Lonesome Jim is actor Steve Buscemi's third outing in his director shoes and it's in much the same, bone-dry, post-Jim Jarmusch-ian vein as his previous efforts, but with an even bleaker core of humor. The characters are mostly sullen or sociopaths, and the narrative touches upon such surefire laugh-getters as suicide, divorce, drug-dealing and debilitating depression, but it's mostly handled with a wry, winking quirkiness that keeps things from weighing too heavily. Anyone familiar with Buscemi's other films will know more or less what to expect.
When wannabe writer Jim (Casey Affleck) crashes and burns in New York City, he retreats to the comfort of his rinky-dink Indiana hometown, where the bulk of Lonesome Jim takes place. Buscemi and writer James Strouse (who grew up in the little Indiana home where much of the film was shot) seem to be having a ball skewering the characters and their dead-end situations, although there's enough affection lurking just around the edges of the frame to keep this from becoming just another independent movie shooting lame ducks in a pond.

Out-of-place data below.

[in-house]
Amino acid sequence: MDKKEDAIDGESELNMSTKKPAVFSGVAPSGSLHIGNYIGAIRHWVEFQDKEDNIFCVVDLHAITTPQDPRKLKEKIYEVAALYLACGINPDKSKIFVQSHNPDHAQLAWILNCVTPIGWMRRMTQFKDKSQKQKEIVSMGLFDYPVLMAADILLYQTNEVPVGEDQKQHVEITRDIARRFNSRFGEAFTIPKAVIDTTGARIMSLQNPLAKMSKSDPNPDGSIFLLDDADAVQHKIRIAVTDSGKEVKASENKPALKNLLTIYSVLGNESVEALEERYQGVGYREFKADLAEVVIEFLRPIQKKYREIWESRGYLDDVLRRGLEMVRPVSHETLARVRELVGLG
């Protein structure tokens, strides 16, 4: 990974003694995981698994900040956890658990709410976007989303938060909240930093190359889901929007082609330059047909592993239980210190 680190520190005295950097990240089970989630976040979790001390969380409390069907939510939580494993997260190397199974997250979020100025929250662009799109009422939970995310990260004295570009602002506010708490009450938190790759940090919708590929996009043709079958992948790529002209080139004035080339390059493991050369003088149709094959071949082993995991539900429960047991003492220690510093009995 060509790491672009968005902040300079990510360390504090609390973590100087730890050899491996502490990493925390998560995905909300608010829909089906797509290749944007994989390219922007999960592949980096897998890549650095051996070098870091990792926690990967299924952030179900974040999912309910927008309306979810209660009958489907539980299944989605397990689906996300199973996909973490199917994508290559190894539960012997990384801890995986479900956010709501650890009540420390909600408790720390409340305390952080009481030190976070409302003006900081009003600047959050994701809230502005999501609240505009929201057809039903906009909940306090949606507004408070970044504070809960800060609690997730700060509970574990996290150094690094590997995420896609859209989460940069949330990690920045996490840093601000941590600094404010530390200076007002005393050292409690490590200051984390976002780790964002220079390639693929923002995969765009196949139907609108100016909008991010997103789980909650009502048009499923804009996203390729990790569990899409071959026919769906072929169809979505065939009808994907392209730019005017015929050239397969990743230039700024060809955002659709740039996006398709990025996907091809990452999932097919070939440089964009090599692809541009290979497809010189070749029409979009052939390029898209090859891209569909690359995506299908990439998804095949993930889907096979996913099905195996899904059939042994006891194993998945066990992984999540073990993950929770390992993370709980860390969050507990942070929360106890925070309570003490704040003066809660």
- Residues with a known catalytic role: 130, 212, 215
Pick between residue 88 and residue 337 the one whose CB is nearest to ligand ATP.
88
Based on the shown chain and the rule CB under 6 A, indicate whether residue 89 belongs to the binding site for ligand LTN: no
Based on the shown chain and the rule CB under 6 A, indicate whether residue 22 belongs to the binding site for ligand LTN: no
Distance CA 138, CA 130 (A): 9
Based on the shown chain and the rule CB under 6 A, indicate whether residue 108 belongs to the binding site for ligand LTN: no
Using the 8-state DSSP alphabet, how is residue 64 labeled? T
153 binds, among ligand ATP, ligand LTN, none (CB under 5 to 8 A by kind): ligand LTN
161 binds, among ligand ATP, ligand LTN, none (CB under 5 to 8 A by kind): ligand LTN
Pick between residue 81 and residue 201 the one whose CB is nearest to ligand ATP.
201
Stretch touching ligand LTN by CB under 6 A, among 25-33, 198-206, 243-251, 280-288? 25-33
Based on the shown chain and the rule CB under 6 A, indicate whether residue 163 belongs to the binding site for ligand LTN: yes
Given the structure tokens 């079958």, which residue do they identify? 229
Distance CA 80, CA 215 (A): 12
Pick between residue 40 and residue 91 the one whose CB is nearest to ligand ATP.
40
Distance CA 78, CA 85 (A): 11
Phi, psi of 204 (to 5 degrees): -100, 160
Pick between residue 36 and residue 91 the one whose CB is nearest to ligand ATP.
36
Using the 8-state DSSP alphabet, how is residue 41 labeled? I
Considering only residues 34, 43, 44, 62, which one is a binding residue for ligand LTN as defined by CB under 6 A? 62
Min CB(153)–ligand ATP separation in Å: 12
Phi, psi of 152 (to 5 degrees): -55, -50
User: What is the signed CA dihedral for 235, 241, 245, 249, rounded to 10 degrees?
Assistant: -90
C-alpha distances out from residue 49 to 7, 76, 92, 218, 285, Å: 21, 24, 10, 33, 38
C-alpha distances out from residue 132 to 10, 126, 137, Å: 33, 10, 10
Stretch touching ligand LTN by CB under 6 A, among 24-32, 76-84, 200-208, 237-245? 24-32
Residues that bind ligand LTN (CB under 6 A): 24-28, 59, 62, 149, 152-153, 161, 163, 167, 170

Besides Affleck's glum and possibly talentless Jim, we get his even more depressed and impossibly hostile brother (indie icon Kevin Corrigan), their ridiculously chipper mom (Mary Kay Place), a sleazebag, dope-dealer uncle named Evil (Mark Boone, Jr.), a coma played for laughs, and the world's most pathetic girls' basketball team. The humor is dark, the pace deliberate, and there's a studiously no-frills quality to even the film's most chaotic moments, but, in its detached and deliberately understated way, Lonesome Jim makes the most of the frustrated, small-town lives it shows us. The film is uneven and occasionally a little too monotone-ish for its own good, but it's almost always worth watching. Also stars Liv Tyler and Seymour Cassel. Lance Goldenberg
Lonesome Jim (NR) opens April 28 at Sunrise Cinemas in Tampa. Call theater to confirm. 3 stars